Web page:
douglas kalajianThe concert includes traditional Armenian folk and folk-inspired melodies and dance, with a cultural commentary provided by FLArmenians.com contributor Douglas Kalajian, author of “Stories My Father Never Finished Telling Me.”

“When musicians play these songs, they’re preserving this culture. It’s a gift not only to me, but to the whole world,” Kalajian told the Miami Herald.

According to the Herald, “Zeytoonian also was deeply impacted by the genocide; both sides of his family were devastated. His grandfather was killed when his grandmother was eight months pregnant with his father. He decided to convey the loss his family felt through his music.”

“Armenian music has a particular nostalgia in its sound. My sound is a combination of that and the Anatolian roots of my parents who were driven from their homes in Maras, Turkey,” Zeytoonian said.

Performers include Myriam Eli (percussion and dance), Alique Mazmanian (vocals), Reza Filsoofi (setar and percussion) and Joe Zeytoonian (oud, percussion, and vocals).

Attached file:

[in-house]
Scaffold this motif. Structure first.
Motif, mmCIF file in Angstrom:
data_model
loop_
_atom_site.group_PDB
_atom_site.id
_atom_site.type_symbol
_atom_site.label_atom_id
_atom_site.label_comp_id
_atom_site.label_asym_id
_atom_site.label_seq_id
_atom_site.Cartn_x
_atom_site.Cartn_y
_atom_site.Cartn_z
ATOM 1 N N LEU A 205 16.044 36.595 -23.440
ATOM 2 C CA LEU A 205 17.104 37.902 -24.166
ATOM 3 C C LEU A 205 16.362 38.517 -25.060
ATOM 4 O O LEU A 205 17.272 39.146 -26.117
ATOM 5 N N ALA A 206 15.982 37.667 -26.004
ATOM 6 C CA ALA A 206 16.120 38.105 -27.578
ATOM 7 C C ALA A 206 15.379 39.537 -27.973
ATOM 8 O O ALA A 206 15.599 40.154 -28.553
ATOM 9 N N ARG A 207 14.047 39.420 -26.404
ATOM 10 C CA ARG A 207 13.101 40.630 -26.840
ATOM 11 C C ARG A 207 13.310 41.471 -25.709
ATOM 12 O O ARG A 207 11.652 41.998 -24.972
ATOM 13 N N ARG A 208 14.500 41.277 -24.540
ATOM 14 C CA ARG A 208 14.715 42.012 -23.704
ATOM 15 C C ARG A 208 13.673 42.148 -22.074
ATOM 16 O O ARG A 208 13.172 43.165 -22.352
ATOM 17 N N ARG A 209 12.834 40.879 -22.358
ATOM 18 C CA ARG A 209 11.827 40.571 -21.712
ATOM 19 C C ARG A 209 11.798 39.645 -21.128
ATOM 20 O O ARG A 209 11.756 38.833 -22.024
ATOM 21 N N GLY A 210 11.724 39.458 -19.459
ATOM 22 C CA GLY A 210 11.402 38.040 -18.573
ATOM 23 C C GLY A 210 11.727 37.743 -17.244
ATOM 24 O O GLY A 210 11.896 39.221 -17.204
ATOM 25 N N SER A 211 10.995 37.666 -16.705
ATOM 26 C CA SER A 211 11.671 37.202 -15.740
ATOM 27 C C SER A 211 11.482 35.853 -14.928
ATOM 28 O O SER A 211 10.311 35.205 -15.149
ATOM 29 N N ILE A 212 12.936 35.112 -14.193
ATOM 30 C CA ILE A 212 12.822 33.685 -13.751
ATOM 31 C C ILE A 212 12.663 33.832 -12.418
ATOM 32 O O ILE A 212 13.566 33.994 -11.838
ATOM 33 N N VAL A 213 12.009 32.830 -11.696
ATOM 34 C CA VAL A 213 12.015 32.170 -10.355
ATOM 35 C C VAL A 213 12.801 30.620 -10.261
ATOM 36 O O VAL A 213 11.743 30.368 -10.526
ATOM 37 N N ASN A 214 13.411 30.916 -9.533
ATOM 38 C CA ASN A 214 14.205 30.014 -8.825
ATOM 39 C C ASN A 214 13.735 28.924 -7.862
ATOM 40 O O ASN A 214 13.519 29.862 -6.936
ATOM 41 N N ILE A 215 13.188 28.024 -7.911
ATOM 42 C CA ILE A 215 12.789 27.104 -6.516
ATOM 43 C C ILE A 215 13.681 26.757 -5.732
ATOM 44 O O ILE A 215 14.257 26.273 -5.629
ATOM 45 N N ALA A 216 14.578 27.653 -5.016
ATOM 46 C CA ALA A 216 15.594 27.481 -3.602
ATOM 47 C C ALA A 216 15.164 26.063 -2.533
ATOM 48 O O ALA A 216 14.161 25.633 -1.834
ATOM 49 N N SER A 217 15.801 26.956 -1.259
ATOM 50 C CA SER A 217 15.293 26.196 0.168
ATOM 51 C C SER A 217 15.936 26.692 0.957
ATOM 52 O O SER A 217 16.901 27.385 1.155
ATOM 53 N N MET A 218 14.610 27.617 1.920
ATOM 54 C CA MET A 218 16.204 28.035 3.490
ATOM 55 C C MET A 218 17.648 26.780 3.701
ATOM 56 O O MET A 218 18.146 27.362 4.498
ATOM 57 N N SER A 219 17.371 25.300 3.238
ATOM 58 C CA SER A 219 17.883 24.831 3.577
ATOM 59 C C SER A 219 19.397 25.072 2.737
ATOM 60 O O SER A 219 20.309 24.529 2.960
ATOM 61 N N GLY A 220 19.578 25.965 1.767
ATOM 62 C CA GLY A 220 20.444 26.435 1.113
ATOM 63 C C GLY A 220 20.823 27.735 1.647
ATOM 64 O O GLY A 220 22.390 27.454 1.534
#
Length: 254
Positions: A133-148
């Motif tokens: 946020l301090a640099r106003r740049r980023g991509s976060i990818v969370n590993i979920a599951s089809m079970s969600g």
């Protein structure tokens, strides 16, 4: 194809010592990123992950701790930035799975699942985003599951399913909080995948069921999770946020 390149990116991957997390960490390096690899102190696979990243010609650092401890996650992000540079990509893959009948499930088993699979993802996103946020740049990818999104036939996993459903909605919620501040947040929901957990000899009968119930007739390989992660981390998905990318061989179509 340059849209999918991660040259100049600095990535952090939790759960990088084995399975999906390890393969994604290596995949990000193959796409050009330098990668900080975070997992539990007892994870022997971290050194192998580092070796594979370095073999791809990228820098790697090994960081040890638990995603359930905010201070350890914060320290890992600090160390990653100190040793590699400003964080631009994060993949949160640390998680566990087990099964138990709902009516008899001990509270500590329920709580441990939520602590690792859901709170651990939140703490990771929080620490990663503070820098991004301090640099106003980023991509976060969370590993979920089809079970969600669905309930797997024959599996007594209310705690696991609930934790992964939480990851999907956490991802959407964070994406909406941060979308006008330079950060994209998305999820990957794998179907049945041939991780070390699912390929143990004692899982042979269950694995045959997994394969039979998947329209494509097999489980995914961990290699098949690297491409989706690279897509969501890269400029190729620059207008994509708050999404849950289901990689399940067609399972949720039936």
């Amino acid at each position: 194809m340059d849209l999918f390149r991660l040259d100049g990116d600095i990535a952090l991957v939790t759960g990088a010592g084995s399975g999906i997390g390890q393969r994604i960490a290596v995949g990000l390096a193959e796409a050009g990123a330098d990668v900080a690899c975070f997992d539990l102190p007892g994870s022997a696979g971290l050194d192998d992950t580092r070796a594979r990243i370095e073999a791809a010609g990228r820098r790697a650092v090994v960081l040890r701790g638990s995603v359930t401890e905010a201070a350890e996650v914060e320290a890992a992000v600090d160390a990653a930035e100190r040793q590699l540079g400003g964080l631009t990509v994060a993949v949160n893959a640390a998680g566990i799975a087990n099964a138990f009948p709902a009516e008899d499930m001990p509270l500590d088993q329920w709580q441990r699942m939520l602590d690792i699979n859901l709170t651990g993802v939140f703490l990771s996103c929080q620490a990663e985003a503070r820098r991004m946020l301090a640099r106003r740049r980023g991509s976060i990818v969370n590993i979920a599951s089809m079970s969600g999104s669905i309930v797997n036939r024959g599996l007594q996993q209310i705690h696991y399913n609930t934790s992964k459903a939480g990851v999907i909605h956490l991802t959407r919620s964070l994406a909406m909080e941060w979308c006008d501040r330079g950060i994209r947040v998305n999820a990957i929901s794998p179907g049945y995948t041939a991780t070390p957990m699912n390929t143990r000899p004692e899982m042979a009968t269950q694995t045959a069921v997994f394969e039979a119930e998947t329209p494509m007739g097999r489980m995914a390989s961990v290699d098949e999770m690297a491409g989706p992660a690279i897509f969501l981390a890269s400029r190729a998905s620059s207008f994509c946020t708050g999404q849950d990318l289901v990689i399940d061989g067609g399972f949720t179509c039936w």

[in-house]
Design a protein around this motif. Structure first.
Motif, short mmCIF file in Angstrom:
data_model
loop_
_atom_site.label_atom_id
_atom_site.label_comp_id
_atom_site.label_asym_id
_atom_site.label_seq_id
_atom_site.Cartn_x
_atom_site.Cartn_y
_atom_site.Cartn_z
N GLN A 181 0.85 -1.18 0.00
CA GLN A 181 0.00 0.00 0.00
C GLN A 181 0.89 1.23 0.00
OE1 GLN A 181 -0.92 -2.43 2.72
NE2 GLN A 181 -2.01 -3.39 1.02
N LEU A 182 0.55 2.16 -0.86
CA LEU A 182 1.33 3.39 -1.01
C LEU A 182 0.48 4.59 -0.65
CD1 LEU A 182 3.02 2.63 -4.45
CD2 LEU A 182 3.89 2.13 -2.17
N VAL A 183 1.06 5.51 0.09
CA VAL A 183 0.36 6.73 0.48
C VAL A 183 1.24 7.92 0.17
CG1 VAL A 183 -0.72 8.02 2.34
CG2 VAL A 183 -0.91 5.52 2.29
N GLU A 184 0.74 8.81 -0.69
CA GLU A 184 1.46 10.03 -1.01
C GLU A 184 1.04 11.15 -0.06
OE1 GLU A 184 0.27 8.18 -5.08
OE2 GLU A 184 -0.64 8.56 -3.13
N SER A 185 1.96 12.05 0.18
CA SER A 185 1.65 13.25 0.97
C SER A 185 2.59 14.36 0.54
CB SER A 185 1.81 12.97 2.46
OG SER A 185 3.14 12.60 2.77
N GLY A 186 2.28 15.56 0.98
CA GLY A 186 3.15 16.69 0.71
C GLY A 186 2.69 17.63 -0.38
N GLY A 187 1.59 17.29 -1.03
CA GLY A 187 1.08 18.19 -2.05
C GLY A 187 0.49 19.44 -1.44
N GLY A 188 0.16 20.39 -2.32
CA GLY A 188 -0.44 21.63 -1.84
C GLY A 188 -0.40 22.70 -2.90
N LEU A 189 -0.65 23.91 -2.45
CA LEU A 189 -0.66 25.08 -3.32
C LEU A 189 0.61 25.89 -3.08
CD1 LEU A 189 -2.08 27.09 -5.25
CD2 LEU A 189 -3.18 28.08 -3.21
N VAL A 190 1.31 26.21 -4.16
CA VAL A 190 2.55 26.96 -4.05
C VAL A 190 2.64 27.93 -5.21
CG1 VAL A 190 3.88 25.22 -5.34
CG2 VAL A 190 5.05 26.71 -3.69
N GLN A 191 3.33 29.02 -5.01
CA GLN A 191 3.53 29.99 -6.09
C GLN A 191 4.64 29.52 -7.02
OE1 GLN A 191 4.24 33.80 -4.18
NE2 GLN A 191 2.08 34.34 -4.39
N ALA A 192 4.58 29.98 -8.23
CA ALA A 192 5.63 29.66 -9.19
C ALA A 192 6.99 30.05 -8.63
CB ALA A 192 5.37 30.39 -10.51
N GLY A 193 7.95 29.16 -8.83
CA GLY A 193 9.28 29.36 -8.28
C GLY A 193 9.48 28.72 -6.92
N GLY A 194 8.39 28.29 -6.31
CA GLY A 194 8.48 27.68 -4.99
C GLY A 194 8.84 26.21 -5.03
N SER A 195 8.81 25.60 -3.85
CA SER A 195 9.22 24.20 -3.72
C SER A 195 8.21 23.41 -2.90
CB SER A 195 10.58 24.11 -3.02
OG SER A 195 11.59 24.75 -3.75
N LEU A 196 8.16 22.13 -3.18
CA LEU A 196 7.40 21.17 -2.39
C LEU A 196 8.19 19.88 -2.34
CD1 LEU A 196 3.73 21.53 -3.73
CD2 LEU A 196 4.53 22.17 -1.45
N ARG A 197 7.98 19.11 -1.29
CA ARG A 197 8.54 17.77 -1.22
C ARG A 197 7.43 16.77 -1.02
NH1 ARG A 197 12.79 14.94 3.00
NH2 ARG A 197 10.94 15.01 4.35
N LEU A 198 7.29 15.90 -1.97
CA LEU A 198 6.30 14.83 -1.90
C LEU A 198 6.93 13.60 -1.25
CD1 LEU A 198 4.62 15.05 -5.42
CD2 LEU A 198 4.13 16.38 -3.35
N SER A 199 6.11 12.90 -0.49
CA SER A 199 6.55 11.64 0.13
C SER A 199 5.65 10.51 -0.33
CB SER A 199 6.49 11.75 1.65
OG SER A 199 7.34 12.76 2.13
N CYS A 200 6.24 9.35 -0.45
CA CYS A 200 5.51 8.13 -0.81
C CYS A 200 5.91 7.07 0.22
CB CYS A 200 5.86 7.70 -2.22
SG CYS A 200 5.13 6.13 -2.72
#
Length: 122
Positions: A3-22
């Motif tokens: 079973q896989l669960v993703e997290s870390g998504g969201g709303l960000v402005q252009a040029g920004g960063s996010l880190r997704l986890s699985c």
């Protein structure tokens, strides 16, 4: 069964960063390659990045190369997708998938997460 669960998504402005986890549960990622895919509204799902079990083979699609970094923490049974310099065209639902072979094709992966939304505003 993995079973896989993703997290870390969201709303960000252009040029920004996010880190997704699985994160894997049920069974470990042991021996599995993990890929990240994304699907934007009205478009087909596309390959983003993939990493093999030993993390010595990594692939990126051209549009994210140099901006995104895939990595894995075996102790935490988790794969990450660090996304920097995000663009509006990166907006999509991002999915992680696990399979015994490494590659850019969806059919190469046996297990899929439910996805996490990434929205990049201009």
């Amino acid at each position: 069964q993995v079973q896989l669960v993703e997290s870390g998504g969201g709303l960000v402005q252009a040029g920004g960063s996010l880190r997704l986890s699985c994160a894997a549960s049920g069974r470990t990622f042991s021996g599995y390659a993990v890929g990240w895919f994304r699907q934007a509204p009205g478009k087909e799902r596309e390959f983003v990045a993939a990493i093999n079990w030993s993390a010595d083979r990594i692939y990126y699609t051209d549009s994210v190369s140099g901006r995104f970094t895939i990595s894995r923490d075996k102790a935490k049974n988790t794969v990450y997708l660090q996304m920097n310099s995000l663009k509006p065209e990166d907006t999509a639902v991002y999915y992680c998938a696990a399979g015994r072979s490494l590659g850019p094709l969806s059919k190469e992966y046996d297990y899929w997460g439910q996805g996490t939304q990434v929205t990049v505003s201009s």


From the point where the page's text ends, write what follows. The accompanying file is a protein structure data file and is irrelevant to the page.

The Hye Doun concert is part of Arts at St. Johns 2015-2016 season theme “Places We Call Home.” Nearly 75% of the residents in Miami-Dade County have come from other places. With physical homes in South Florida, many are emotionally bound to other cities, states or countries. Because of socio-political circumstances, some homes exist only in heartfelt memory.

Armenian concert flyer

What: Hye Doun Armenian Genocide Commemorative Concert

When: Saturday, November 7, 7:00 PM

Where: Arts at St. Johns, 4760 Pine Tree Drive, Miami Beach, Florida 33140

Tickets: VIP Admission: $30 – General tickets: $20

$15 Seniors & Students with ID’s

Military and family are free with ID’s. Children under 10 are free.

FOR MORE INFORMATION ABOUT THE CONCERT, please contact Carol Hoffman-Guzman at 305-613-2325 or artsatstjohns@bellsouth.net.